Reliegos

We didn´t sleep as long as we expected. At 5 am in Sahagun it was middle afternoon in Dunedin, so I woke, and txted my son Nick in Sydney to see if he could help me with a connection problem I was having. He could. So we caught up on family news, had an undieticianally correct 3 euro breakfast, repacked and set out at 8 am for our leisurely first day´s target of El Burgo Ranero 18km away.
The halfway marker of the Camino Frances in Sahagun. This is where we left the Camino in 2009.
It was a beautiful morning. There was a cool breeze behind us, a clear blue sky and golden fields stretching to the horizon in every direction. We walked out of the old town and across the Meseta. Each section of the Camino is looked after by a local voluntary committee and this one had done their work well. The track is senda, and young plane trees line it all the way, providing some shade but not as much as they will in a decade´s rime.

We stopped for sandwiches and coffee at Bercianos Real Camino and were in El Burgo Ranero at midday.


We were both as fresh as daisies, perhaps even fresher. It´s only another 13 km to Reliegos, so we thought walking there would be a pleasant way to spend the early afternoon. Doing that would mean the leg from Sahagun to Leon would take only two days instead of the intended 3, and given the choice, a day off in Leon sounded a better deal than another day in the sun trudging the Meseta.

We´re here, but all things considered, 31 km in the sun with monotonously level and firm track underfoot was probably not the best call for our first day. The bit of track leading here passes no towns, no fountains, no forests; just flat farmland with the occasional mud brick barn or house, and the white senda track and the small green trees in a line going on forever.We both have proto blisters, nothing to worry about yet, but we´ll need to be careful tomorrow. We got here about 3.30 at about the limit of our reserves, found the Alberge, chose bunks, showered, washed today´s clothes and put on tomorrow´s. Clemency is asleep on her bunk and I´m downstairs with a coin in the slot computer.


Reliegos is another of those practical little Spanish farming towns which simply has no equivalent in New Zealand. There is an ancient church, flat streets, houses with windows designed to keep out the sun, no shops as we would recognise them but they´re there if you look hard enough. There are old brick kilns which people have turned into very Hobbit-like homes. There are several bars and cafes catering to peregrinos. It is full of character, it is clean and tidy, but it is not really pretty. We are, however, very very glad to be here.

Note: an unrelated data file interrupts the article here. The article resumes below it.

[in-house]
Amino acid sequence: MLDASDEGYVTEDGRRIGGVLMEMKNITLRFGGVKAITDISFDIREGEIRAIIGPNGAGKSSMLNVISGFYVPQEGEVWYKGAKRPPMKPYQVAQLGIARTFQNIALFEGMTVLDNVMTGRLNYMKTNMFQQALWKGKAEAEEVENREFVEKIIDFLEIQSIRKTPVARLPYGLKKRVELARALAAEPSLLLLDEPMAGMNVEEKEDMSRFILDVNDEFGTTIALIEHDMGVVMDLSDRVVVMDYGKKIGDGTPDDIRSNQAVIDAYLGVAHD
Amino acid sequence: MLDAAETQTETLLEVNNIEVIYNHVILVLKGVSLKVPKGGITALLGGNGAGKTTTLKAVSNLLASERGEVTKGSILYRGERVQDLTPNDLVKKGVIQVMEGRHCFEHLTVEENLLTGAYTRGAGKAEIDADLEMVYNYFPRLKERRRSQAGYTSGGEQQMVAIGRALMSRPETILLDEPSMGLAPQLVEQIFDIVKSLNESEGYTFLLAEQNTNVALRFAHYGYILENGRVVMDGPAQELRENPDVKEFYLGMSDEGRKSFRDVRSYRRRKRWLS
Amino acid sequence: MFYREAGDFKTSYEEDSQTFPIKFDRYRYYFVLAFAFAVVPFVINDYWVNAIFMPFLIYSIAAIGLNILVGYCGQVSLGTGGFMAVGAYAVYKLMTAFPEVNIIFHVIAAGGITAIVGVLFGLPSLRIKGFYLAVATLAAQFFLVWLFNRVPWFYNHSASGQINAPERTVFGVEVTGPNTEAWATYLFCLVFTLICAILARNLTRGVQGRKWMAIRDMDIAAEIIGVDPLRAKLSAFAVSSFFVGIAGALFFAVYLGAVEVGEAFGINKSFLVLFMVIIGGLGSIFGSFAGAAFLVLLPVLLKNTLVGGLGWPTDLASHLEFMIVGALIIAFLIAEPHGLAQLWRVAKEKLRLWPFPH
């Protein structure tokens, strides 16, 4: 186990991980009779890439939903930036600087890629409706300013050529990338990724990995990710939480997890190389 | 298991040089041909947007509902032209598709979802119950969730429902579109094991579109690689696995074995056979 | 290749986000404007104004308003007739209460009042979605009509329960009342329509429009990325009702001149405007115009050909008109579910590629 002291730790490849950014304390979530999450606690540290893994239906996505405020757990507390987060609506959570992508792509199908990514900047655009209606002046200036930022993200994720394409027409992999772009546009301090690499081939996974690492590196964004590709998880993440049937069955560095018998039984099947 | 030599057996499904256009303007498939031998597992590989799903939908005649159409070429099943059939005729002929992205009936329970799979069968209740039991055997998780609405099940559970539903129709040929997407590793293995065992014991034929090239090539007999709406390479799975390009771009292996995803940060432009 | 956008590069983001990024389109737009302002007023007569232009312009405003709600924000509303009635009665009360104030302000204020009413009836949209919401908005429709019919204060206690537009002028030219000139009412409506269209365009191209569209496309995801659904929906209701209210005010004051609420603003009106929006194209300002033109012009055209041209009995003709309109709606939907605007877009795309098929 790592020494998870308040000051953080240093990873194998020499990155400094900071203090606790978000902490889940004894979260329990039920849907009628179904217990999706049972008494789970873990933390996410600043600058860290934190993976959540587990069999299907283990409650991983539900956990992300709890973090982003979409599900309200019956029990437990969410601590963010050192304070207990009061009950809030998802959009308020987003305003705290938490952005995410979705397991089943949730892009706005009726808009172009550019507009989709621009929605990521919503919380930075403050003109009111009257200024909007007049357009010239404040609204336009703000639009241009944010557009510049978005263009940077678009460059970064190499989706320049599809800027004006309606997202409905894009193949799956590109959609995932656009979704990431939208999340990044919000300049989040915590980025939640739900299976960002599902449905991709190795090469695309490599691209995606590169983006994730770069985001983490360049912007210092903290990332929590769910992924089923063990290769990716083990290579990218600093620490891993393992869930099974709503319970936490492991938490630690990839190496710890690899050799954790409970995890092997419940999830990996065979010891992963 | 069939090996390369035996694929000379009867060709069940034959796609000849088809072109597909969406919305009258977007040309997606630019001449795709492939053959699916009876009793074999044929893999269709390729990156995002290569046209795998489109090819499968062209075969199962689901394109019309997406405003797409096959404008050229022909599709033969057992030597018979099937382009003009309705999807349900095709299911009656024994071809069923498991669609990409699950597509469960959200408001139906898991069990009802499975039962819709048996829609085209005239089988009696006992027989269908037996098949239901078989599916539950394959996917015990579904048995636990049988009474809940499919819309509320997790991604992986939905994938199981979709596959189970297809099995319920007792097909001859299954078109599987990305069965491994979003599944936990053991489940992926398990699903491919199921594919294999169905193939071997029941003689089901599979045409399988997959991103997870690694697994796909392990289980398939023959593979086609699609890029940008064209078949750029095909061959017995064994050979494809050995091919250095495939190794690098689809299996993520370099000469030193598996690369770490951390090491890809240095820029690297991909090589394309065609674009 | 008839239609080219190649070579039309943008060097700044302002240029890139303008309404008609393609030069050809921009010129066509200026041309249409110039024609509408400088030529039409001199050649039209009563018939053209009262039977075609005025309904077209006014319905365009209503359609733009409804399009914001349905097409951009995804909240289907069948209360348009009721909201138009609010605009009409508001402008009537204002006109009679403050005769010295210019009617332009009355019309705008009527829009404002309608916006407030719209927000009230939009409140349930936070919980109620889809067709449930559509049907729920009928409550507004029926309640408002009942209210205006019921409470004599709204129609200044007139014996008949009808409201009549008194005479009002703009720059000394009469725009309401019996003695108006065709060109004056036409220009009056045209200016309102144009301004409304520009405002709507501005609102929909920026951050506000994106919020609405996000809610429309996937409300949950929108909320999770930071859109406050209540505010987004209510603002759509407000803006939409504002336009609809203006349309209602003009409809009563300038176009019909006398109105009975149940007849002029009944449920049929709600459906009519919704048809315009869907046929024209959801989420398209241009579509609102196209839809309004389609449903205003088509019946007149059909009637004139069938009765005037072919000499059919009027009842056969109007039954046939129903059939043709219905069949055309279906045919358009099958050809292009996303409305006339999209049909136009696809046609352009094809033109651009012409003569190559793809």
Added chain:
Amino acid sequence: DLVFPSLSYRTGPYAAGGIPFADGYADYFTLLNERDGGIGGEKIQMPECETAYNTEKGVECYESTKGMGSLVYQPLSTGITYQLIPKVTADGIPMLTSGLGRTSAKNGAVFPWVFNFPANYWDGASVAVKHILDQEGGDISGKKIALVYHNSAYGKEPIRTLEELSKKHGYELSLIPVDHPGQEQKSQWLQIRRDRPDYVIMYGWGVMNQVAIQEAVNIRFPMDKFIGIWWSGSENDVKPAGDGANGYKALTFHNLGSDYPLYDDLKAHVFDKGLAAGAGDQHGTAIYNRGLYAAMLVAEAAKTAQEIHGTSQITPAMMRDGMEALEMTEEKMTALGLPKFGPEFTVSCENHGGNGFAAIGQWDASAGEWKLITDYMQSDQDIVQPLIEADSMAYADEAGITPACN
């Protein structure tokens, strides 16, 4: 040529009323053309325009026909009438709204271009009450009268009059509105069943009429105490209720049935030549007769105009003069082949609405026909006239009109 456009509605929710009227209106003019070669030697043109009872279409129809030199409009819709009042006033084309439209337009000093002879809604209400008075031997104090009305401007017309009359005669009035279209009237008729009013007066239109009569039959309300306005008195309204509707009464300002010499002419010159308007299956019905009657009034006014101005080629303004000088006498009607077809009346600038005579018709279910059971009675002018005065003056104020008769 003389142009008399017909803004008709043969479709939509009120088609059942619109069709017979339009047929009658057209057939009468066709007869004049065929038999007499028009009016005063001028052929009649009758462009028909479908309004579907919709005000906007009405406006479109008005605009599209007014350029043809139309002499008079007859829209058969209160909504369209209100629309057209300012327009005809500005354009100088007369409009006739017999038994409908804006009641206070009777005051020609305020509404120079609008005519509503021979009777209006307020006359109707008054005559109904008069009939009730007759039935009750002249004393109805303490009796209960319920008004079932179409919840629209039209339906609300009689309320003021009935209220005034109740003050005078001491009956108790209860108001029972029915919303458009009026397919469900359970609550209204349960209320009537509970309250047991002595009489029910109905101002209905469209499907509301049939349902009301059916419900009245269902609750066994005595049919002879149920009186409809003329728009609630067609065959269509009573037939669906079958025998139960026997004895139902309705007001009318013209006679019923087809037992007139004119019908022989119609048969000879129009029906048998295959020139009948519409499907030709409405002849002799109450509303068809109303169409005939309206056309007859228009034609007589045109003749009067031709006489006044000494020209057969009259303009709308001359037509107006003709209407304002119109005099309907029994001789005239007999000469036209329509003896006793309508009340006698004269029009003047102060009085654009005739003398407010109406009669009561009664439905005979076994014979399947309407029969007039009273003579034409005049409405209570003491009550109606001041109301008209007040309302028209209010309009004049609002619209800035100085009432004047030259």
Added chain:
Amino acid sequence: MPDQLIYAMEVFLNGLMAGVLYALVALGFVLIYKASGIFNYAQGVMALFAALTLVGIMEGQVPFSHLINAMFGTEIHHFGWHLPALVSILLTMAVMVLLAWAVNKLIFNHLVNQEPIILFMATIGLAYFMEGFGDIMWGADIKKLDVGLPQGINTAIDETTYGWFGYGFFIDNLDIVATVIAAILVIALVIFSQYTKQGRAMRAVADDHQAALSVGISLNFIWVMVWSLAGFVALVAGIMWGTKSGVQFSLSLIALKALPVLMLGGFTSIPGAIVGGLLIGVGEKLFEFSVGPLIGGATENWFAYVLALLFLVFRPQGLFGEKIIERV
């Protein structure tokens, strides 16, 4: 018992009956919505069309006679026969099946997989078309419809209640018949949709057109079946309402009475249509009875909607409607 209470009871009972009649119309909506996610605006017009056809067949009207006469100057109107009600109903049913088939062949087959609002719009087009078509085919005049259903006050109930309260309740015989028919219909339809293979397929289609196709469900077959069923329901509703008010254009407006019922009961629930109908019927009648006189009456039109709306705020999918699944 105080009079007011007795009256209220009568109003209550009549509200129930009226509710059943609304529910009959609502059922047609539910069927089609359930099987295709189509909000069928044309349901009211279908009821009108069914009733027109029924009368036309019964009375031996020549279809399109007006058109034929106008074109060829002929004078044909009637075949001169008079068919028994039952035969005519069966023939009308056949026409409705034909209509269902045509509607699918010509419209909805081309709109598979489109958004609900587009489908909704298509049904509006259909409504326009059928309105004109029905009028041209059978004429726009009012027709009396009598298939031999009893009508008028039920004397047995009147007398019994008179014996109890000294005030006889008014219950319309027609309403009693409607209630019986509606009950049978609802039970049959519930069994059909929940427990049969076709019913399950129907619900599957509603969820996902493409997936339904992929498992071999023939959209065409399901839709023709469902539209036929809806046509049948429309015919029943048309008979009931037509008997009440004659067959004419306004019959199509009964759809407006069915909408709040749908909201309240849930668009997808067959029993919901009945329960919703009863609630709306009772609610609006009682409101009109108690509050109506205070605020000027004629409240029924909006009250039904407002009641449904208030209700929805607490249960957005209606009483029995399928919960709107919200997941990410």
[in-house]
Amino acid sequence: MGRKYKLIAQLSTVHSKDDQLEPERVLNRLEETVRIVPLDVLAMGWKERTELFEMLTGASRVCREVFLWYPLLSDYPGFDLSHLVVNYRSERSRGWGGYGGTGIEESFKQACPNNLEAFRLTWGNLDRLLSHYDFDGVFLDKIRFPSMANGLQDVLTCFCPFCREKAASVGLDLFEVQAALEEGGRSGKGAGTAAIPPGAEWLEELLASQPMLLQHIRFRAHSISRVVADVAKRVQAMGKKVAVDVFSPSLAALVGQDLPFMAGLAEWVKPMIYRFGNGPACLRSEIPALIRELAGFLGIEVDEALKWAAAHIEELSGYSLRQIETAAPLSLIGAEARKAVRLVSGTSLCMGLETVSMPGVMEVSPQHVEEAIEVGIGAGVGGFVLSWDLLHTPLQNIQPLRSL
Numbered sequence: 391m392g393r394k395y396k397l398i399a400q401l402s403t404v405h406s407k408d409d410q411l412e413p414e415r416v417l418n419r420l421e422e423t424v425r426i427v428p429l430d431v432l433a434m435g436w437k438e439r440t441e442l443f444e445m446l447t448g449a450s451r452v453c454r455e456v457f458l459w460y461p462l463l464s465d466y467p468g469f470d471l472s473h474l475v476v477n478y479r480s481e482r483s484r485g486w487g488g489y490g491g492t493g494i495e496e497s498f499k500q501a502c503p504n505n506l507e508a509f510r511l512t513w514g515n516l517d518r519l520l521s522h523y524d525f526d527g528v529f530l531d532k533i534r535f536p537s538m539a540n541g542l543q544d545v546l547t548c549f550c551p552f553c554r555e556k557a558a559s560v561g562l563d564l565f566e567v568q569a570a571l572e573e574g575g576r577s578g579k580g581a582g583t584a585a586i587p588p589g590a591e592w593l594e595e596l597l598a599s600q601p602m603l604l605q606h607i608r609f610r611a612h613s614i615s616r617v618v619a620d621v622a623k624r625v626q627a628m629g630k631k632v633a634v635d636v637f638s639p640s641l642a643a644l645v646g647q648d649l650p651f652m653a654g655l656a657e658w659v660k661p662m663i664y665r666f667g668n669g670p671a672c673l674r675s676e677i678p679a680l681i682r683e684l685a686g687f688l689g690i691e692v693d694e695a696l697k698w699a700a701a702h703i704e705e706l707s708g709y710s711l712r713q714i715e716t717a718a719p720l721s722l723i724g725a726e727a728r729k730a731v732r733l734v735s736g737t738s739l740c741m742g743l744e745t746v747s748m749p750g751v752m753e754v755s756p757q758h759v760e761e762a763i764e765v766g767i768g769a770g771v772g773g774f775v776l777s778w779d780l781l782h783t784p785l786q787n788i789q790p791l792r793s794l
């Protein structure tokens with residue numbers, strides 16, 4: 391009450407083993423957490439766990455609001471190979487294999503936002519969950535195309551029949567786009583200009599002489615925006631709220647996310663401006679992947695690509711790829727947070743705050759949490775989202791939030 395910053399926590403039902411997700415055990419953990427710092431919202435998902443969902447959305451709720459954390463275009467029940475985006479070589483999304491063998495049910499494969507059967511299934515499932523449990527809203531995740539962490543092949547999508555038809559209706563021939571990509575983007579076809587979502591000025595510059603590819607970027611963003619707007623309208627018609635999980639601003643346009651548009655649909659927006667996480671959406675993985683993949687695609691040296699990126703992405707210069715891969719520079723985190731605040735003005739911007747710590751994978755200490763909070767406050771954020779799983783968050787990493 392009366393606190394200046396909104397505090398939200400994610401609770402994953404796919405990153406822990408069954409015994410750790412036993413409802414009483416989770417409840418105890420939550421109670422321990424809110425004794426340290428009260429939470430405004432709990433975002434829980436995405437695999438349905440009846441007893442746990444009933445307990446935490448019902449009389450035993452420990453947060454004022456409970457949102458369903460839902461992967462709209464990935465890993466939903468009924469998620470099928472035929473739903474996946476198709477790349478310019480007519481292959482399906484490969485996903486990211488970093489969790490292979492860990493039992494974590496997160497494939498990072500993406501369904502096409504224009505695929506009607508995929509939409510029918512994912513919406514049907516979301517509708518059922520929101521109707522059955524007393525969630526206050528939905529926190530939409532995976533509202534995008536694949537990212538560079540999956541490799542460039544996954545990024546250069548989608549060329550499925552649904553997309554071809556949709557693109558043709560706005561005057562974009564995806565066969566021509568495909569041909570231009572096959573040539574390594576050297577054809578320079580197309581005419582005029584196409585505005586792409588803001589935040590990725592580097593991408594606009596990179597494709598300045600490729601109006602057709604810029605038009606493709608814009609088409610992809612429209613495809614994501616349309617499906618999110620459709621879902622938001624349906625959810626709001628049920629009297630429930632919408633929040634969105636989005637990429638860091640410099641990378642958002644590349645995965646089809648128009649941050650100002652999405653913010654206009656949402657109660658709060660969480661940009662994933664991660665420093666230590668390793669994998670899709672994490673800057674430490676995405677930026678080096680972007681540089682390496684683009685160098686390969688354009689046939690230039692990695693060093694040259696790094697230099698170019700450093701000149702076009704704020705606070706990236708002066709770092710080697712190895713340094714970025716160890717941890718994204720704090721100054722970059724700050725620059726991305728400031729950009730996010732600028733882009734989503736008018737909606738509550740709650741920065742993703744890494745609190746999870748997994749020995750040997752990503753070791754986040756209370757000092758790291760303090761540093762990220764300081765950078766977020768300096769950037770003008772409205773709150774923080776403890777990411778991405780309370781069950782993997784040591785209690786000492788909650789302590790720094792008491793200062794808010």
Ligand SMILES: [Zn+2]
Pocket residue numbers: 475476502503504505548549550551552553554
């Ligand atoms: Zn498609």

Comments

NIE said…
Whew, that was a big first day! May the sle-e-e-p be restoring you mightily. Look after those four feet, please! Love & blessings, N
Belinda said…
Hi Clemy - we are so pleased to hear from you. Unfortunately we have lost the automatic sign in on your computer to the blog so I have been unable to load anymore blogs. Also we had replied to your post but you wont get it as it will be sent to your school email! anyway you can tell us the password for logging into just the room 9 blog sight. thanks heaps Belinda :) cell 0273735173 if you prefer to text or belmr@xtra.co.nz if you can email myself at home. happy and safe travels. I am going home to read all your travel diaries to date. take care.
Camille Giles said…
WOW Clemancy when you said you were doing about 25km a day i was inpressed but here you have done 31km, that is amazing, i look forward to reading more about your travels, be safe :-)
John said…
Sounds wonderful.

As we prayed for you both at synod...
God be in your head, and in your understanding;
God be in your feet, and in your walking;
God be in your eyes, and in your seeing;
Go be in your ears, and in your hearing;
God be in your hearts, and in your relating;
God be at your table, and in your sharing;
God be in your beginnings and your endings,
Jesus holding you in his heart, your home.
Anonymous said…
Prayers for your next leg today. May the Lord speak powerfully to your hearts and give you a fresh vision of his glory.

Brian
Wynston said…
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